Studies conducted in Argentina and US demonstrated that modifications of the grazing pattern (frequency and distribution of grazing bouts) (Figure 2) alter the pattern of pasture and nutrient intakes. These studies linked the natural grazing patterns (shown in Figure 1, and Figure 2 continuous grazing; CO) with the fluctuations in pasture chemical composition and timing of pasture allocation (opening of the new strip). At equal pasture allowance (6% of live weight per day), they found that afternoon pasture allocation (3:00 pm vs. 7:00 am) caused beef heifers to graze longer (Figure 2) and more intensively (higher amount of pasture per unit of time) late in the afternoon and early in the evening, when pasture had the highest quality. Allocating fresh pasture in the afternoon also led to better daily weight gains and changes in body condition score during the spring and winter. The heifers that were turned in to the new daily strip during the afternoon gained an average of 1.2 lb and 0.0145 points of body condition score more daily than the ones turned into the new strip during the morning.

These results are supported by the changes in diurnal chemical composition of pasture and an increased pasture intake during the evening. Neutral detergent fiber (fiber) concentration decreased by 10.8% while non-structural carbohydrates (energy) increased by 34.9% and pasture digestibility increased by 5% from morning to evening, which makes the pasture consumed during the evening more energy/ protein balanced. Moreover, during the evening, pasture had an additional 0.32 Mcal of metabolizable energy per lb. of pasture dry matter. Since higher energy intakes typically result in greater milk yields, providing a fresh strip of pasture in the evening (if cows are moved only once a day to fresh pasture) should result in greater milk production as shown in a similar work conducted with dairy cows in UK. Cows allocated to the new pasture strip after afternoon milking tended to show a higher milk yield (5% higher for cows, morning = 48 vs. afternoon = 51 lb. milk/day/cow) after they have were adapted to this afternoon strip grazing. On the other hand, heifers in the “afternoon strip-grazing” would face a depleted strip during morning (assuming a fresh strip is given only once daily).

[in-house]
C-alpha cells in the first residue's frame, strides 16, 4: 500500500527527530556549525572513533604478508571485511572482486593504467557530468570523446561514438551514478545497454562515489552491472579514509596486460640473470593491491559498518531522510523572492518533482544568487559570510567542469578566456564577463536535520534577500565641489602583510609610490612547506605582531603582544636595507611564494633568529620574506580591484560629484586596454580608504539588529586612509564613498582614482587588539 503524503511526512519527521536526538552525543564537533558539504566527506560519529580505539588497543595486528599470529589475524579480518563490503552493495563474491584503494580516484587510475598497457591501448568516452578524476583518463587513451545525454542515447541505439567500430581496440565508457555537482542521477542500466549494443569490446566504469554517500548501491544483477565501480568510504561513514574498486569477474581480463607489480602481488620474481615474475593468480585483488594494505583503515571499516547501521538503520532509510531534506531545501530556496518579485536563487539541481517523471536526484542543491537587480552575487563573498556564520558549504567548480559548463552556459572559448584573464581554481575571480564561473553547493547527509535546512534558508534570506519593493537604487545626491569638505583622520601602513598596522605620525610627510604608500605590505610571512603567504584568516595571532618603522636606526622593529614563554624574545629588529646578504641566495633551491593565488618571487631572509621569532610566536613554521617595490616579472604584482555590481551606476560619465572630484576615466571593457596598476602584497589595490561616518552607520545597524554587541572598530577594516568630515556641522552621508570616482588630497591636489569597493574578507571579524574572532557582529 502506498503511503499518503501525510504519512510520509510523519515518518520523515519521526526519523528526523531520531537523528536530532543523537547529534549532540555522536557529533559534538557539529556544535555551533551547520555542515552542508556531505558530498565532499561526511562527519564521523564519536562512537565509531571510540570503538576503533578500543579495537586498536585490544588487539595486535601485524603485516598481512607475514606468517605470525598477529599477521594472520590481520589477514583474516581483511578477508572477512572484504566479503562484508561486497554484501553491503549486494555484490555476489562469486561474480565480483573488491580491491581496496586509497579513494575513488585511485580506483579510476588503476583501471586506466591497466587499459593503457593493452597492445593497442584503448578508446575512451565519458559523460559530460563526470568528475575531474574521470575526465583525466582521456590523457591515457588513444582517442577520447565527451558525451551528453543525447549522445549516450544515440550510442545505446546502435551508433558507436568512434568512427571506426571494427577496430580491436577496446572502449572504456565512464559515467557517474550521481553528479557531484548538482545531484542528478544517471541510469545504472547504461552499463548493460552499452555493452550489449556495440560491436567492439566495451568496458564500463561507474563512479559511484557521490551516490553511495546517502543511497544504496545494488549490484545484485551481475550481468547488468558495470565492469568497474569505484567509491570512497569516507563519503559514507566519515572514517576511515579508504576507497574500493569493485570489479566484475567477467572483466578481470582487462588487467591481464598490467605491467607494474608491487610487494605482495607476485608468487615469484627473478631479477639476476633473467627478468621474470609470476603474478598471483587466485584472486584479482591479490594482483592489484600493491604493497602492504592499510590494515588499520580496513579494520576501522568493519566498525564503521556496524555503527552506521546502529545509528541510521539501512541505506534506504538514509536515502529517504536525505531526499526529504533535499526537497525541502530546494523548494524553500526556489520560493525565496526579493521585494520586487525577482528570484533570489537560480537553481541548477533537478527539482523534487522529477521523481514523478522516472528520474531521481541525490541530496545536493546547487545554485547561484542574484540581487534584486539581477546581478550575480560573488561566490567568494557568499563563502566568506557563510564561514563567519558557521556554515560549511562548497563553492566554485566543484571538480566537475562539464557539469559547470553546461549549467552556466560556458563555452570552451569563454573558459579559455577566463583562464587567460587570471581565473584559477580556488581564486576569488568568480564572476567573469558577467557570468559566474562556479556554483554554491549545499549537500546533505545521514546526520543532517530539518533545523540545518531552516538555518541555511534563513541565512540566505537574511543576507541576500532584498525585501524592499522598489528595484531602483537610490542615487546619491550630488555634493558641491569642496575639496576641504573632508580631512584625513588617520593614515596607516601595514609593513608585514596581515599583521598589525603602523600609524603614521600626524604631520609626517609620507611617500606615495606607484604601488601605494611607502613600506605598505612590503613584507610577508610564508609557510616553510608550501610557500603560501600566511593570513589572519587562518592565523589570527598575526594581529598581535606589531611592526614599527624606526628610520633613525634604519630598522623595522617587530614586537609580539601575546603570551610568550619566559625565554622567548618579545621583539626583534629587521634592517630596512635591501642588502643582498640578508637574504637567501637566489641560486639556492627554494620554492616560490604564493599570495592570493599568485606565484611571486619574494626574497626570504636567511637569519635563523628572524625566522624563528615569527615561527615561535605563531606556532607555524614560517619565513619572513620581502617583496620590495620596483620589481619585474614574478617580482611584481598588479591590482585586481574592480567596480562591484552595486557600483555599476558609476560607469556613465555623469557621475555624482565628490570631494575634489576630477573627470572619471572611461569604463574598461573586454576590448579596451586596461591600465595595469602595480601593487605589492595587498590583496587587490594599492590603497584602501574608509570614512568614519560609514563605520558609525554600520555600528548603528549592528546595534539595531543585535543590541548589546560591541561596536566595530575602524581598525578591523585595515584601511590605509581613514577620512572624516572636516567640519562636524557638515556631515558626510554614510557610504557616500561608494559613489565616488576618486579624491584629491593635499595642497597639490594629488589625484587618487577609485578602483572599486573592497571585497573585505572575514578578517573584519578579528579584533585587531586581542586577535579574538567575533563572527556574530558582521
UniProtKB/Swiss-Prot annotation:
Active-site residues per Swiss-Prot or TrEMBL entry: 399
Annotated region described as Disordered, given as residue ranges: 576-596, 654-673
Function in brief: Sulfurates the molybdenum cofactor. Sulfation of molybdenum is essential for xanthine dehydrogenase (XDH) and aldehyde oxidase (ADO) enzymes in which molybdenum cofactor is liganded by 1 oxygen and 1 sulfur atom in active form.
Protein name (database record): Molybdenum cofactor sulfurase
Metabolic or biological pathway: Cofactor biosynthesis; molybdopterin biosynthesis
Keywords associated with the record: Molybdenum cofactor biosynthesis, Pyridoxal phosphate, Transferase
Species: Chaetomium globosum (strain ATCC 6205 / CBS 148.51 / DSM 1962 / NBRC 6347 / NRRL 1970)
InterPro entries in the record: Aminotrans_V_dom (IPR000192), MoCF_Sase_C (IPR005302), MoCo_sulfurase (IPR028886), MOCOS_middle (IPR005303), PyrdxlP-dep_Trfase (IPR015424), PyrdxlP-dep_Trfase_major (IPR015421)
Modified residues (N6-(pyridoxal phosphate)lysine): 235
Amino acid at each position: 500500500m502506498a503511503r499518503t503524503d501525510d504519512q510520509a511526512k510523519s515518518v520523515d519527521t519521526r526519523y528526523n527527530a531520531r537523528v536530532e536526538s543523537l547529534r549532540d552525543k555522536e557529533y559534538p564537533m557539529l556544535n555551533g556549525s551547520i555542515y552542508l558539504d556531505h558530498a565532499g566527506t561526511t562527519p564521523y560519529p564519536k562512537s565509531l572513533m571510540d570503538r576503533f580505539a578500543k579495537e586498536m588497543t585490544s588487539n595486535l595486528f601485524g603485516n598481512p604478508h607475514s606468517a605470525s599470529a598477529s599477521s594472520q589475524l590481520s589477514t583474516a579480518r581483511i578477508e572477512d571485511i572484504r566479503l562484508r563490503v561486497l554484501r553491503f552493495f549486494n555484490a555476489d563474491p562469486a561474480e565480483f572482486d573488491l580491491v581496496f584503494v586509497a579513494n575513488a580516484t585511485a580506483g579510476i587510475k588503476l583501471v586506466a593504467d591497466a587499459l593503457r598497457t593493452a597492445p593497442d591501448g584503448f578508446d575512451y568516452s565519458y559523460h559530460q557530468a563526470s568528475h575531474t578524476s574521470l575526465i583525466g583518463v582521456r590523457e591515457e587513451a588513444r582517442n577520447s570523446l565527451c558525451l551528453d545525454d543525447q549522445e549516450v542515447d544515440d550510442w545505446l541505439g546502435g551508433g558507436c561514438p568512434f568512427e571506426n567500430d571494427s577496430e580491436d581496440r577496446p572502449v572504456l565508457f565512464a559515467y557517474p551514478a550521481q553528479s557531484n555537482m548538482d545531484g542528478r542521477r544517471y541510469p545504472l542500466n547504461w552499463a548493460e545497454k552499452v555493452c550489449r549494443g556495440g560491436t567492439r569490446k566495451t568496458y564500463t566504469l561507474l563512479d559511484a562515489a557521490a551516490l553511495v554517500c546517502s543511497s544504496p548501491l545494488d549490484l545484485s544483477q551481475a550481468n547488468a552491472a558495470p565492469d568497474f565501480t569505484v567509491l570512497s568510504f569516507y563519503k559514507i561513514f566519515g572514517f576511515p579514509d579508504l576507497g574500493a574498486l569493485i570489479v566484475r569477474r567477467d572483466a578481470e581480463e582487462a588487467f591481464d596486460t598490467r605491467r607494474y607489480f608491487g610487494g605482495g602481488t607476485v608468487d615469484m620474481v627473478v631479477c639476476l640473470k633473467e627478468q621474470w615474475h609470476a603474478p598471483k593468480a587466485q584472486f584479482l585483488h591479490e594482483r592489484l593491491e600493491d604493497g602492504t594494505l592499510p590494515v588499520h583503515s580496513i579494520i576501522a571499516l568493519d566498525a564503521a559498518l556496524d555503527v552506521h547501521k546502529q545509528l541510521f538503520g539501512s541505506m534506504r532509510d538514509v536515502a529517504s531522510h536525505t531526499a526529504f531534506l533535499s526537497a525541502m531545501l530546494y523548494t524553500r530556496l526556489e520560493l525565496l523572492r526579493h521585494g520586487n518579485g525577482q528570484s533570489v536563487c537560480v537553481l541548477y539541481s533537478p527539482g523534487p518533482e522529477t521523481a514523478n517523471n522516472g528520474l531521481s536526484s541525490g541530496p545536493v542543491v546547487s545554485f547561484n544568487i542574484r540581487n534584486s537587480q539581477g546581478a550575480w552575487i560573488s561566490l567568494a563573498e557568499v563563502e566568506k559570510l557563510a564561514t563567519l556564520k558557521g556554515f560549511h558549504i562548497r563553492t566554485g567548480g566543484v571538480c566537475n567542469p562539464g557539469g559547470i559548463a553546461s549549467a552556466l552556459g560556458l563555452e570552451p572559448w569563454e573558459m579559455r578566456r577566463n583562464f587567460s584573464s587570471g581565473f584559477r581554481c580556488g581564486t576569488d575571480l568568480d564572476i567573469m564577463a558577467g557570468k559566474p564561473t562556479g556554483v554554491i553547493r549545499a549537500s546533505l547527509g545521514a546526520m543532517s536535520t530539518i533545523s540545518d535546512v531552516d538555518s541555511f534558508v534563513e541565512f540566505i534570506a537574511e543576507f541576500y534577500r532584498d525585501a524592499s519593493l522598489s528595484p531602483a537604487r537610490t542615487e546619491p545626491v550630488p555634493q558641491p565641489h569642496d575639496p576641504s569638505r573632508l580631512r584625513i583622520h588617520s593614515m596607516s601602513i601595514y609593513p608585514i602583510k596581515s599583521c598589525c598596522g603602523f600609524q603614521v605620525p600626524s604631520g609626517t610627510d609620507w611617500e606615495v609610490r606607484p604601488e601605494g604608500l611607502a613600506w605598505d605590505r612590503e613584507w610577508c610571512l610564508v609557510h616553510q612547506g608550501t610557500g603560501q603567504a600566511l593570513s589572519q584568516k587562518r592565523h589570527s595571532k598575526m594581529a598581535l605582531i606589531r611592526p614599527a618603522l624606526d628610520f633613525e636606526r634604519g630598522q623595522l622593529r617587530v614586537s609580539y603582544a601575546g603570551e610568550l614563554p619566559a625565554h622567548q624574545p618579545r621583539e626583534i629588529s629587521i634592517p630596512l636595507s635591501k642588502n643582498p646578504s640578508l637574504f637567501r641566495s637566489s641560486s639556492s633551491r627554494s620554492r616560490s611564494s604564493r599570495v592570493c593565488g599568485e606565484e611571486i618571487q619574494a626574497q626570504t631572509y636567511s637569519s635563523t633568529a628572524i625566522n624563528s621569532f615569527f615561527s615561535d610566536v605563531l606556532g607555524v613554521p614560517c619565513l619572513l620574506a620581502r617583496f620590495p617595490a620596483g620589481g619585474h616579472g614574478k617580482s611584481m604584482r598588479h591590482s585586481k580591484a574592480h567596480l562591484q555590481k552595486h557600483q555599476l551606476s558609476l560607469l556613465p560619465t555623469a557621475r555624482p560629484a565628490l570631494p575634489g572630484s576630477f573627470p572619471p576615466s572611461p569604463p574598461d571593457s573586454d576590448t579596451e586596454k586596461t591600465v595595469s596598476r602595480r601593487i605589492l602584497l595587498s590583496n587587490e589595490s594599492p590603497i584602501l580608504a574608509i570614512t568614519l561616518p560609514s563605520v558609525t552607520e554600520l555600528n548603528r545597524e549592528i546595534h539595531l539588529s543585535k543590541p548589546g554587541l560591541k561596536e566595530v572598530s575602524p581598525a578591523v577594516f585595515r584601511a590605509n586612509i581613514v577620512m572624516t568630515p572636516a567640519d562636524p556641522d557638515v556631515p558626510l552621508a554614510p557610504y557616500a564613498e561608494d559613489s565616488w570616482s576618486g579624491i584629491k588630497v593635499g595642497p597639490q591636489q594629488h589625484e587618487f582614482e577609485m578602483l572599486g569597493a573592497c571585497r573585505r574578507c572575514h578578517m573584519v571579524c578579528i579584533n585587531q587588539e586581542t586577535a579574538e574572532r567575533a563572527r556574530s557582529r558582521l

This leads to a reduction in pasture intake during the morning, which may generate a stronger feeling of “hunger” at the time they enter to the new strip; and consequently stimulating higher pasture and nutrient intake rate in the evening. These premises were re-tested at the University of Arkansas, finding that “afternoon strip-grazings” increased nutrient precursors for milk yield (glucogenic volatile fatty acids and microbial protein coming from the rumen). Implications Allocating fresh forage in the afternoon when herbage contains the highest energy and digestibility levels and also coincides with the time of day when animals naturally tend to graze the most is a win-win situation. Experimental results showed that this simple pasture management change resulted in an average of 0.73 lb extra gain per day per animal (beef heifers) for no additional monetary input. While pasture quality and availability can be quite variable, this relatively low input management tool is applicable across nearly all grazing systems to help producers gain greater control and allocate nutrients supplied by pasture with greater efficiency.